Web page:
Liverpool were made to work hard for their latest victory – by a single goal at Norwich City on Saturday and while the Canaries remain adrift of safety at the bottom of the Premier League, they continue to earn respect for the way they approach games.
But although pundits and commentators praise their positive, passing football, the reality of the Premier League is that a tighter, more disciplined style remains more effective – as the league table illustrates.
2 SON'S 50TH GOAL DELIGHT IS MISERY FOR VILLANS
On a day when Son Heung-min scored his 50th Premier League goal, Aston Villa recorded an unwanted half-century of their own in their 3-2 loss.
Dean Smith's side now have the worst defensive record in the division after conceding 50.
MADRID: Atletico Madrid coach Diego Simeone heaped praise on Liverpool ahead of their Champions League last 16, first leg tie, saying they will go down in history for their form this season.
Liverpool return to the Wanda Metropolitano stadium, scene of Junes Champions League triumph over Tottenham Hotspur, unbeaten in the Premier League after 26 games.
Atletico, meanwhile, have endured a stuttering season in La Liga, where they sit fourth and are locked in a battle to qualify for next seasons competition.
“I remember Klopps (Borussia) Dortmund, who are similar to Liverpool. They have that competitiveness, but the players they have mean they play in a different way," said Simeone.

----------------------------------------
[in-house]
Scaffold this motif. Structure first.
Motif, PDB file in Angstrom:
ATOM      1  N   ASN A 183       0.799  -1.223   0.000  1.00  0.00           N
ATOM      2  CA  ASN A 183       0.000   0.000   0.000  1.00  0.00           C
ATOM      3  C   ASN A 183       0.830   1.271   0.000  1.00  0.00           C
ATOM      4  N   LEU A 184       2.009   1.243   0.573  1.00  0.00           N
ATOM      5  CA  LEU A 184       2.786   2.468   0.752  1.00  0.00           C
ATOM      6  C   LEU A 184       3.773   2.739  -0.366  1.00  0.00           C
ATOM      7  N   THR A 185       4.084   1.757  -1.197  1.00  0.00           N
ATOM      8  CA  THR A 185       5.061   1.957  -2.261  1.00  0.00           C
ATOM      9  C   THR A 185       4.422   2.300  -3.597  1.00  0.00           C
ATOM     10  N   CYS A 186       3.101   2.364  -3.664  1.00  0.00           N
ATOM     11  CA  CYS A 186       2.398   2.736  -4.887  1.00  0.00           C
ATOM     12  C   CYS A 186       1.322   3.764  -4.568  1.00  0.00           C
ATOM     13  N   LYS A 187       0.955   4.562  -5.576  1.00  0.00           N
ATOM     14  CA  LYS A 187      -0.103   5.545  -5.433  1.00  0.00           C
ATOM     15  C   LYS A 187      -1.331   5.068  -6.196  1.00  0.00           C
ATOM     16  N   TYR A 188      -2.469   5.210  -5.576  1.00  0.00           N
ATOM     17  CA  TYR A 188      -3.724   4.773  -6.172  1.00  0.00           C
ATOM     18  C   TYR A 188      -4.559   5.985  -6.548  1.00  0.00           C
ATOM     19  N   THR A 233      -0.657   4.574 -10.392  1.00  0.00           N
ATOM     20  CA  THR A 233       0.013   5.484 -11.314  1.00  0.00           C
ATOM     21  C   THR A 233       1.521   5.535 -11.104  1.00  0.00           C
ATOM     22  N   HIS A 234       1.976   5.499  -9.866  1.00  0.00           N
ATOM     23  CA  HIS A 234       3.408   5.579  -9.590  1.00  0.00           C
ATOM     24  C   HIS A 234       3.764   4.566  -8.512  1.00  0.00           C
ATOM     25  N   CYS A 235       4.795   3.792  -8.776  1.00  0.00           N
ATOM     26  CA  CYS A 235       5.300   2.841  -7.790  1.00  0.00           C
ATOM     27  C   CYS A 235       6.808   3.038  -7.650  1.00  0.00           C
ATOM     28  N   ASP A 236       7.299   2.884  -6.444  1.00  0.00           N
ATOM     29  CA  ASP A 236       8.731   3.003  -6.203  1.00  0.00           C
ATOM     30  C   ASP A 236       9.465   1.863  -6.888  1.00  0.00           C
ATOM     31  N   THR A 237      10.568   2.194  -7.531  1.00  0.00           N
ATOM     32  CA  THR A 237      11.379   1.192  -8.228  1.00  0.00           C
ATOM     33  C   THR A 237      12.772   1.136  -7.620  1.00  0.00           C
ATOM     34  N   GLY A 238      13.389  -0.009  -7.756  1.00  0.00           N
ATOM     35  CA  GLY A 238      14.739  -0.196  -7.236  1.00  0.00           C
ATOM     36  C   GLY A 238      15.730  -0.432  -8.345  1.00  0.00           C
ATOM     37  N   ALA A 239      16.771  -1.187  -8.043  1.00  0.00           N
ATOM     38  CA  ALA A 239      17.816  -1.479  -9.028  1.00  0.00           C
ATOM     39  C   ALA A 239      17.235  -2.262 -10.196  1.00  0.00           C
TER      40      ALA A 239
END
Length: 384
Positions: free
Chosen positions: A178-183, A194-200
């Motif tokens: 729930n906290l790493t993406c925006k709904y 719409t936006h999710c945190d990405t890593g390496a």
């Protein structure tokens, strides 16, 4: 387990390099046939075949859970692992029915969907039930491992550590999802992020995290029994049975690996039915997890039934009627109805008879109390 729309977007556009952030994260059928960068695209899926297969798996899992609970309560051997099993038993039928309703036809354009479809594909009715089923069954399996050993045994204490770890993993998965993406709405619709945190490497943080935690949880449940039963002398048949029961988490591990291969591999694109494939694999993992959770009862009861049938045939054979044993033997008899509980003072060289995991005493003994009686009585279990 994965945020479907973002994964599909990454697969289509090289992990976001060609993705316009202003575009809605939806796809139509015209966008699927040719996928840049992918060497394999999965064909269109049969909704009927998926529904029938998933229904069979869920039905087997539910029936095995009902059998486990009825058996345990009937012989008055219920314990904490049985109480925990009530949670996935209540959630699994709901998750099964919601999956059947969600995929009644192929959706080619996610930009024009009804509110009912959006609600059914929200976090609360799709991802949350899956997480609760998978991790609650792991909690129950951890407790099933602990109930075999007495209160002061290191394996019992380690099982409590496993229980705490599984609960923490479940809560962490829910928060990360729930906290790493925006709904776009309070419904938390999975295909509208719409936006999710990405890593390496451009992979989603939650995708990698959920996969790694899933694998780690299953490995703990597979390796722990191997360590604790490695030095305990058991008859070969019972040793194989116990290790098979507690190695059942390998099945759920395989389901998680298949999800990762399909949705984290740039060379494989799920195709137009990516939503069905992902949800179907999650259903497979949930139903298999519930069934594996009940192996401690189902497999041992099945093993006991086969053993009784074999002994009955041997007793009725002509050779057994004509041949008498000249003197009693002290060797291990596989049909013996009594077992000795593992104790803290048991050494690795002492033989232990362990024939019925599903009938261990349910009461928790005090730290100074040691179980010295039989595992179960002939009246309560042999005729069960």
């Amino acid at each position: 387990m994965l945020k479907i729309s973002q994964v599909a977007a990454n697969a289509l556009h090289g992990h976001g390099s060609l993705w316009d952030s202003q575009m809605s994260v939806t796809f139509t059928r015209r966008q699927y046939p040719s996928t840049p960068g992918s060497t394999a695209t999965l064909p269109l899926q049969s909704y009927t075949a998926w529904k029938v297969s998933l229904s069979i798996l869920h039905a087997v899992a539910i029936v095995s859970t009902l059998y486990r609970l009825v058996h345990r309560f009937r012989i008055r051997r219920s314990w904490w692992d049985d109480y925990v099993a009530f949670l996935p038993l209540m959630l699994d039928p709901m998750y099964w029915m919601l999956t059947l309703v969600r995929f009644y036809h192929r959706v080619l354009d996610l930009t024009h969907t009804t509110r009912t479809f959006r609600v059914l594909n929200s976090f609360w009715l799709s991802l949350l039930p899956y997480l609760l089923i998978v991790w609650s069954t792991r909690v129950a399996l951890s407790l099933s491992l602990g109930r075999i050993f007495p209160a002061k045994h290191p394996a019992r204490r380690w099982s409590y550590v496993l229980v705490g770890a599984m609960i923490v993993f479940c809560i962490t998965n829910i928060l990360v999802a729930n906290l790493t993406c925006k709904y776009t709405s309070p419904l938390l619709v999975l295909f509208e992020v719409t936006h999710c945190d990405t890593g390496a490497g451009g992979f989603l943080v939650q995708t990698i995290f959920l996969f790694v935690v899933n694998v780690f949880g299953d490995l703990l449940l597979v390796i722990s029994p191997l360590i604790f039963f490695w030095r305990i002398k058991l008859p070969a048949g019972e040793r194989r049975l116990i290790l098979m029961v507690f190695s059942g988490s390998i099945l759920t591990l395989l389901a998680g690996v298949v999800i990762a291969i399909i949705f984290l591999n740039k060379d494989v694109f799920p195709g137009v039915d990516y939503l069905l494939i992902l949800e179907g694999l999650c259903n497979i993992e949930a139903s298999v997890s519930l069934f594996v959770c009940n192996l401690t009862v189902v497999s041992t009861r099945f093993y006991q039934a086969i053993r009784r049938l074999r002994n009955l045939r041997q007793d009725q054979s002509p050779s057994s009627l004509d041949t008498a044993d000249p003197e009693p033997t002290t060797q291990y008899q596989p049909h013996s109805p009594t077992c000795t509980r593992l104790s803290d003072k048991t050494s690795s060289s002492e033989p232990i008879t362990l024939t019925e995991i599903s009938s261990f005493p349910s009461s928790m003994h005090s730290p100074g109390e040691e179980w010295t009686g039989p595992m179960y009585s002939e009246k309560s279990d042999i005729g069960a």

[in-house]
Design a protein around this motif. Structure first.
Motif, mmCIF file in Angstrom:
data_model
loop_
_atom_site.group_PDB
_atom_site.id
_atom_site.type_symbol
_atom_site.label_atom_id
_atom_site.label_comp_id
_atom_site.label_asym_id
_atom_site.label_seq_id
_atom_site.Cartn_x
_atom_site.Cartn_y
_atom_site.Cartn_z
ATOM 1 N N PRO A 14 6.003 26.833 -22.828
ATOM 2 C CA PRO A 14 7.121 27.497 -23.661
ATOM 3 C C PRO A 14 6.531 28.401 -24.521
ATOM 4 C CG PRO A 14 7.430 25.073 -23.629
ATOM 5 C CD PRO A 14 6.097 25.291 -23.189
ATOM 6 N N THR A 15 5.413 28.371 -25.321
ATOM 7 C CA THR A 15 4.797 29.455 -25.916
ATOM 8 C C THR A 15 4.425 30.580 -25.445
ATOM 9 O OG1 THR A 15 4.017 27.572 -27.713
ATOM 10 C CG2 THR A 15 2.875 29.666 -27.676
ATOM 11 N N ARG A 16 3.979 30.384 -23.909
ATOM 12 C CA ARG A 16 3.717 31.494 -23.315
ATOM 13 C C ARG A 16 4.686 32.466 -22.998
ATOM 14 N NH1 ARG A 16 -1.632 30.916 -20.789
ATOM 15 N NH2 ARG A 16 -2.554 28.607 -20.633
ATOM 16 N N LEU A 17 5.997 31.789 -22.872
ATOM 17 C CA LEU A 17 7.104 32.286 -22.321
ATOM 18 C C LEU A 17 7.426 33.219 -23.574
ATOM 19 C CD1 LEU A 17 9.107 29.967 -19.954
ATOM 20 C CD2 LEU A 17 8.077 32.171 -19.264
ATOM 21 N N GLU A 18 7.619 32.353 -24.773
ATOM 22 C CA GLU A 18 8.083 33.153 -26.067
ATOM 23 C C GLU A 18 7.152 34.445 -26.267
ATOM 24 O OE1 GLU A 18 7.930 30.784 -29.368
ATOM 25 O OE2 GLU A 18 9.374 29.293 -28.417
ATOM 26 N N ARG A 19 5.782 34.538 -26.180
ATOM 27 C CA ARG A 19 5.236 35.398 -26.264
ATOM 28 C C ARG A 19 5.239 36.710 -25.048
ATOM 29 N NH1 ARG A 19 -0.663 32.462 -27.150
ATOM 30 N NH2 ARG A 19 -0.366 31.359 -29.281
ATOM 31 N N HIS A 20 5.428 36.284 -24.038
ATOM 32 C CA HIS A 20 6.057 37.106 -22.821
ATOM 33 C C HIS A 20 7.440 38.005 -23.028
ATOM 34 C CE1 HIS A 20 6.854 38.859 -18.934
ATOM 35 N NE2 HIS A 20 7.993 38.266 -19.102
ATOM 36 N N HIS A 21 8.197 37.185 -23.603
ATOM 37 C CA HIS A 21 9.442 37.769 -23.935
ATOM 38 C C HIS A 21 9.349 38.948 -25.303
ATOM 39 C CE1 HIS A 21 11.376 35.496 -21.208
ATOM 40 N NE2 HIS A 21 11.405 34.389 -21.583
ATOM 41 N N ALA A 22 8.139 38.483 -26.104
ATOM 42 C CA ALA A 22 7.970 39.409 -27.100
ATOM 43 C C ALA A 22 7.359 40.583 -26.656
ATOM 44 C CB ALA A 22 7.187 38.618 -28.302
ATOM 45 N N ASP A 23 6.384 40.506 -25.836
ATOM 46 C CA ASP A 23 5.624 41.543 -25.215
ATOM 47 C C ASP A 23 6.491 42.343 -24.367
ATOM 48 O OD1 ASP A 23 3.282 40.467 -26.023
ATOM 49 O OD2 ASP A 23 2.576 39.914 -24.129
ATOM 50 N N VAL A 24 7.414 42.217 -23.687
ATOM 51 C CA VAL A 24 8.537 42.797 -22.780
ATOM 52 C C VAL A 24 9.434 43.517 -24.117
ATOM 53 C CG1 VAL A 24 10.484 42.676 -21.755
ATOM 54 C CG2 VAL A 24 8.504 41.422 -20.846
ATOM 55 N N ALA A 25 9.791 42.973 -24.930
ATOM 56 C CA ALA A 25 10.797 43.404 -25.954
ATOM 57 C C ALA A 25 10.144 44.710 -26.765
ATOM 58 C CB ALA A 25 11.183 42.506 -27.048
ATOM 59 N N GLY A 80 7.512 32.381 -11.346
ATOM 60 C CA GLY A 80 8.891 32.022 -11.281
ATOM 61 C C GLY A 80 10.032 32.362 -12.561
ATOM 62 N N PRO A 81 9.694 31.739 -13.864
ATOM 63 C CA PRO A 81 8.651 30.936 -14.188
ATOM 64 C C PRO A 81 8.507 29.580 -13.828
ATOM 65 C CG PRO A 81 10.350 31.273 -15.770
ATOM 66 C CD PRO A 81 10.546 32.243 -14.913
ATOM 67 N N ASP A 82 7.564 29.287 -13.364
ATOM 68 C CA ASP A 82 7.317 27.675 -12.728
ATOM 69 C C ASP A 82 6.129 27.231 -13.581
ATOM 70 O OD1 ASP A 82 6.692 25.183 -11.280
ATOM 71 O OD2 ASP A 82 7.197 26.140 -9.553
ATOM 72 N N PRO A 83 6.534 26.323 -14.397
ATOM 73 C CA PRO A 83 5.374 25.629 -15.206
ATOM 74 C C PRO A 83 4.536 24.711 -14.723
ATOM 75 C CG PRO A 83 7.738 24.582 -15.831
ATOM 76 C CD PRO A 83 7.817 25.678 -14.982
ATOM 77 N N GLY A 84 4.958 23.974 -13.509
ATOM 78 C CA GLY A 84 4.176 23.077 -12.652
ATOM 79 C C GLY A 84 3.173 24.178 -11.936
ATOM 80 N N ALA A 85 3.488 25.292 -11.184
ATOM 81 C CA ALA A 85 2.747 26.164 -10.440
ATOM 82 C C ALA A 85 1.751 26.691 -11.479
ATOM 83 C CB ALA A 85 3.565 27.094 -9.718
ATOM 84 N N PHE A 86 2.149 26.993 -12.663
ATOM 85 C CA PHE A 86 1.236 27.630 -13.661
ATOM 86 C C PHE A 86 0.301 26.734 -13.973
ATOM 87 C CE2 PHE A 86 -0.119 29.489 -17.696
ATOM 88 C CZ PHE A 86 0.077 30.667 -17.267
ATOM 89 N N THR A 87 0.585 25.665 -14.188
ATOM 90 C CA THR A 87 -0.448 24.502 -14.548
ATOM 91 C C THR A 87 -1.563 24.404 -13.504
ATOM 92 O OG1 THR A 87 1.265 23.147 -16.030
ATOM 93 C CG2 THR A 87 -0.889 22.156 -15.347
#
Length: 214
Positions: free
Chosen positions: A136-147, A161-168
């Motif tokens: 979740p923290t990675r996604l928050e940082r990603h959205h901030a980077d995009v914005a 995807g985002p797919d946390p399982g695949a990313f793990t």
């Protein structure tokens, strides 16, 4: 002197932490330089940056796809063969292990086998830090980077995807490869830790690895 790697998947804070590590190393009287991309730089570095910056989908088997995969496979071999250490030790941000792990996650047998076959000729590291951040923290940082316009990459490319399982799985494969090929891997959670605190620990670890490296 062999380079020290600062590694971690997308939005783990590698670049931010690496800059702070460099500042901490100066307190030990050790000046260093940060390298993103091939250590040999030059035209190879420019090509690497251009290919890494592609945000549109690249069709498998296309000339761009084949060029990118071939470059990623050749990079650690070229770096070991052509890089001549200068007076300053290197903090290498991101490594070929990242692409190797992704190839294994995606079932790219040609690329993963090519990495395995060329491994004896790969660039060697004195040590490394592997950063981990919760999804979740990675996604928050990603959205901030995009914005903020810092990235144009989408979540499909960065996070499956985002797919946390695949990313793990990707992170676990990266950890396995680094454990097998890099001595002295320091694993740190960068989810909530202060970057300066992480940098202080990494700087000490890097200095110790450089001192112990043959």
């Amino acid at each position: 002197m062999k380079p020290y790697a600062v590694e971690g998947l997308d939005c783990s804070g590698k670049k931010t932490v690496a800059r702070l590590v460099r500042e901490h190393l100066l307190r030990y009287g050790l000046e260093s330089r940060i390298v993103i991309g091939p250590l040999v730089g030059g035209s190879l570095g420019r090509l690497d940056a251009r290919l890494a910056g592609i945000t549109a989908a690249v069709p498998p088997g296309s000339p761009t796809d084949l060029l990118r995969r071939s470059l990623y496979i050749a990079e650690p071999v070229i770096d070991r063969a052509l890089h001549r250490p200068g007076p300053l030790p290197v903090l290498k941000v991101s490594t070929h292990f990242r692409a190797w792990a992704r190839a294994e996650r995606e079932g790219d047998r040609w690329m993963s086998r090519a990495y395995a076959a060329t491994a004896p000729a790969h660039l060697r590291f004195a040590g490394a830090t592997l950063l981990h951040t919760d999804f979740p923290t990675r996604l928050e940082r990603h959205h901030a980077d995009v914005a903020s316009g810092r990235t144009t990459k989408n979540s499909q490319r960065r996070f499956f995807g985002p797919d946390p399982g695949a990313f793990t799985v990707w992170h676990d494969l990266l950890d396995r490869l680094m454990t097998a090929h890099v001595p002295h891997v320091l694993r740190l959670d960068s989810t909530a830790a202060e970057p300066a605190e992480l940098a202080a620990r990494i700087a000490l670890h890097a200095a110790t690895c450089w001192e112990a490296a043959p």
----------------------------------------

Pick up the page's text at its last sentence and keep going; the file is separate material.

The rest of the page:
“Weve always spoken about great sides throughout time and this Liverpool side will go down in history. I really like this Liverpool team because theyre direct but they can change the way they play too and I admire that."
Atletico come into the match after a 2-2 draw at Valencia on Friday, while Liverpool won 1-0 at Norwich City on Saturday.
Formula One champion Lewis Hamilton and Barcelona forward Lionel Messi were declared joint winners of the Laureus World Sportsman of the Year Award in Berlin on Monday, with the voting tied for the first time in the awards' 20-year history.
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REUTERS: Formula One champion Lewis Hamilton and Barcelona forward Lionel Messi were declared joint winners of the Laureus World Sportsman of the Year Award in Berlin on Monday, with the voting tied for the first time in the awards' 20-year history.
Mercedes driver Hamilton won his sixth world championship in 2019, with 11 race wins and 17 podium finishes, while Messi was crowned the world's best player for a record sixth time when he won the Ballon d'Or.